When a Friend Said I Was Self-Harming for Attention


Several years ago, I was struggling with self-injurious behavior. It never got to a dangerous point. Yet, it was serious enough for me to worry about myself and to have others worry about me. It was a really big issue for me because a part of me wanted to stop but a part of me craved it.

As this became such a pertinent issue in my life, I reached out to several support people. I would reach out whenever I had urges in an attempt to curb my impulses and get out of crisis. It really worked for me. Calling a friend was a powerful tool.

Until, that is, one of my support people said to me, “You’re clearly doing this for attention.”

I was floored. In all honesty, there was probably a subconscious part of me that was using self-harm as a way to reach out to people. However, on a conscious level, I was completely in shock at the thought of self-harm being anything more than a destructive addiction that I couldn’t shake. I was not using it to manipulate people into giving me attention.

That comment from my friend put a seed of doubt into every conversation I’ve had with support people since then. What if I am using this for attention? What if this person thinks that about me? What if this is feeding a loop that’s only going to make my self-harm worse?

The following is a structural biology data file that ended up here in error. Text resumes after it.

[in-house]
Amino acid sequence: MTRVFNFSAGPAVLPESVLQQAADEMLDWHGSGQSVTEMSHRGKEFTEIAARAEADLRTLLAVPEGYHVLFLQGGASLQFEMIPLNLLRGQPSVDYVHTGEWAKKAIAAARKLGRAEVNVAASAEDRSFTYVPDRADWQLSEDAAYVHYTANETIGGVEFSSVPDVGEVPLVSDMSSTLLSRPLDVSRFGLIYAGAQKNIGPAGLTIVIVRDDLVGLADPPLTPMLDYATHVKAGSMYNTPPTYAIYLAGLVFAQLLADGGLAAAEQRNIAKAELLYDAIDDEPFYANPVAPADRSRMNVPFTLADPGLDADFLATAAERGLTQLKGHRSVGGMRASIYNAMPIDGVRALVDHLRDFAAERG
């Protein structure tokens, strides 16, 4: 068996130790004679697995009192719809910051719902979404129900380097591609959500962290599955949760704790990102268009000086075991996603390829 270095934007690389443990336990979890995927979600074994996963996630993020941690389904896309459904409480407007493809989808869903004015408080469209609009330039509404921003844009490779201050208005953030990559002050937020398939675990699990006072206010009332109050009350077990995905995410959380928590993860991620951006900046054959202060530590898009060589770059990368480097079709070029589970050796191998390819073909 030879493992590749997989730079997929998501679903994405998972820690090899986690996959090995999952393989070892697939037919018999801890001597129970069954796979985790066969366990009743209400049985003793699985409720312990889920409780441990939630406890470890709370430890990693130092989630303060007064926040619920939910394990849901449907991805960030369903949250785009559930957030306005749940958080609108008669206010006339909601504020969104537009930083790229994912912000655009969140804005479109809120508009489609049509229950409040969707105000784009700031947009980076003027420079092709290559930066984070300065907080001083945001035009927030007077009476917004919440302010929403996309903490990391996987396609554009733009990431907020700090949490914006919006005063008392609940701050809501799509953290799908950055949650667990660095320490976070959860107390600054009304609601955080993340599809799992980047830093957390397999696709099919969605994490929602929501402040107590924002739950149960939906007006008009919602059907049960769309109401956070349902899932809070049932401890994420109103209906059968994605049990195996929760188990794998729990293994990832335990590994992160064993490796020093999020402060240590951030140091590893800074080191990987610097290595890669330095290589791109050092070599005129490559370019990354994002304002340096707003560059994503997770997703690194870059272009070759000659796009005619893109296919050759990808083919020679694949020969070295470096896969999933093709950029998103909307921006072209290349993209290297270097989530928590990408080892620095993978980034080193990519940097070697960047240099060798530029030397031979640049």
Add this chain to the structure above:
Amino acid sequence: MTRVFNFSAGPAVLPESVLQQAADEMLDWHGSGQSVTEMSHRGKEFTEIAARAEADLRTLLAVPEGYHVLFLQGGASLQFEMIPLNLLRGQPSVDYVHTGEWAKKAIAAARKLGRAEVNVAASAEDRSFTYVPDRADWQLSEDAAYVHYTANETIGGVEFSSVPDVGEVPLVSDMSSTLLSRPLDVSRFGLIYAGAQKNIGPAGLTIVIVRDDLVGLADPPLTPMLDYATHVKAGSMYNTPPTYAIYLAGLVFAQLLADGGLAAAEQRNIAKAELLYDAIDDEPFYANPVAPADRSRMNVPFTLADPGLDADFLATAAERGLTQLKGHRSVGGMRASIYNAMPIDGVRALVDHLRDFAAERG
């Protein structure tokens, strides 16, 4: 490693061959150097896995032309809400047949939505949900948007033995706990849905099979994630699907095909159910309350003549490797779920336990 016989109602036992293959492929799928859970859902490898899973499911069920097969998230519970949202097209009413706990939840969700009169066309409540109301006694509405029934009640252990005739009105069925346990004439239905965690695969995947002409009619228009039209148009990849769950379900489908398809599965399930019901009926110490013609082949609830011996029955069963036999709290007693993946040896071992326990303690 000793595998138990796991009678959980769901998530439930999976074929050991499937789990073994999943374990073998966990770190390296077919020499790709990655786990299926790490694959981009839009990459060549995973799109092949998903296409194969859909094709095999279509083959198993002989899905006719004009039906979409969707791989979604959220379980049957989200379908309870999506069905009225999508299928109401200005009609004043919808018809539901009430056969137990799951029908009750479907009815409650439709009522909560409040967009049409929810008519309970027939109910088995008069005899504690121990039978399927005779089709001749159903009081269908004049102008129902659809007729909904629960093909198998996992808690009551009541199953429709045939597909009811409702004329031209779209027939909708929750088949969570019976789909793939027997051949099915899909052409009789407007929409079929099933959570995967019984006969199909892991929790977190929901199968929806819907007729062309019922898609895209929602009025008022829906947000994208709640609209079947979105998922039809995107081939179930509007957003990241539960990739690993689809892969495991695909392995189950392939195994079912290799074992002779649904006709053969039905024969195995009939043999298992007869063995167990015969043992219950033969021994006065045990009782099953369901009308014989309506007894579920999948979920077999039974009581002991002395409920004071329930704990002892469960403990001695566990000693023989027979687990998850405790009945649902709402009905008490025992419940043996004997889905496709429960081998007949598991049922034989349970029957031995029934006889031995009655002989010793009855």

Thoughts like these plague me to this day, and honestly, it has made it more difficult to reach out to people when I’m in crisis. I don’t want to use self-harm for attention, and the fear that I might weighs me down enough to not reach out at all some days.

Here’s the truth: Self-harm is not for attention. Even if it is, it signifies a deep need for help in an individual. If you know something struggling with self-harm, then never assume you know why they do it. It’s different for everyone. Let them tell you why and then support them through it.

If you are someone who struggles with self-harm, then know that getting help and reaching out to others is the strongest thing you can do. Don’t let other people’s assumptions stop you from getting the help you need. You are worth it.

If you or someone you know needs help, visit our suicide prevention resources page.

If you need support right now, call the Suicide Prevention Lifeline at 1-800-273-8255. You can reach the Crisis Text Line by texting “START” to 741-741.

We want to hear your story. Become a Mighty contributor here.

Image via Thinkstock.


Find this story helpful? Share it with someone you care about.